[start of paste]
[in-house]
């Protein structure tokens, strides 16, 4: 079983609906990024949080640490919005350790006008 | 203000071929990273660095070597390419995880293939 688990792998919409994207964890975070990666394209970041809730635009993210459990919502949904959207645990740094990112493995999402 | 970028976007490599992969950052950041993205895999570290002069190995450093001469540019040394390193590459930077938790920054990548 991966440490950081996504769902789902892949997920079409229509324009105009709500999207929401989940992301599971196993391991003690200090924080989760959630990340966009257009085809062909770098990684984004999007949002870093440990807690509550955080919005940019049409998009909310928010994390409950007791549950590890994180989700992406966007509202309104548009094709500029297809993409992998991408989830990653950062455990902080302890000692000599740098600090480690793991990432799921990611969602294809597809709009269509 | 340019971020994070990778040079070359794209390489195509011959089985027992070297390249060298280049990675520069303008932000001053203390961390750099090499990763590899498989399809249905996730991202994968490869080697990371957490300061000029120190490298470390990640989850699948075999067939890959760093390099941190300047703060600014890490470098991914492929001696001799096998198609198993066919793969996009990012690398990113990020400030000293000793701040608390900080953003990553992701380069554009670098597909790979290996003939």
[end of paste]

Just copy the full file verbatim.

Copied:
[in-house]
């Protein structure tokens, strides 16, 4: 079983609906990024949080640490919005350790006008 | 203000071929990273660095070597390419995880293939 688990792998919409994207964890975070990666394209970041809730635009993210459990919502949904959207645990740094990112493995999402 | 970028976007490599992969950052950041993205895999570290002069190995450093001469540019040394390193590459930077938790920054990548 991966440490950081996504769902789902892949997920079409229509324009105009709500999207929401989940992301599971196993391991003690200090924080989760959630990340966009257009085809062909770098990684984004999007949002870093440990807690509550955080919005940019049409998009909310928010994390409950007791549950590890994180989700992406966007509202309104548009094709500029297809993409992998991408989830990653950062455990902080302890000692000599740098600090480690793991990432799921990611969602294809597809709009269509 | 340019971020994070990778040079070359794209390489195509011959089985027992070297390249060298280049990675520069303008932000001053203390961390750099090499990763590899498989399809249905996730991202994968490869080697990371957490300061000029120190490298470390990640989850699948075999067939890959760093390099941190300047703060600014890490470098991914492929001696001799096998198609198993066919793969996009990012690398990113990020400030000293000793701040608390900080953003990553992701380069554009670098597909790979290996003939």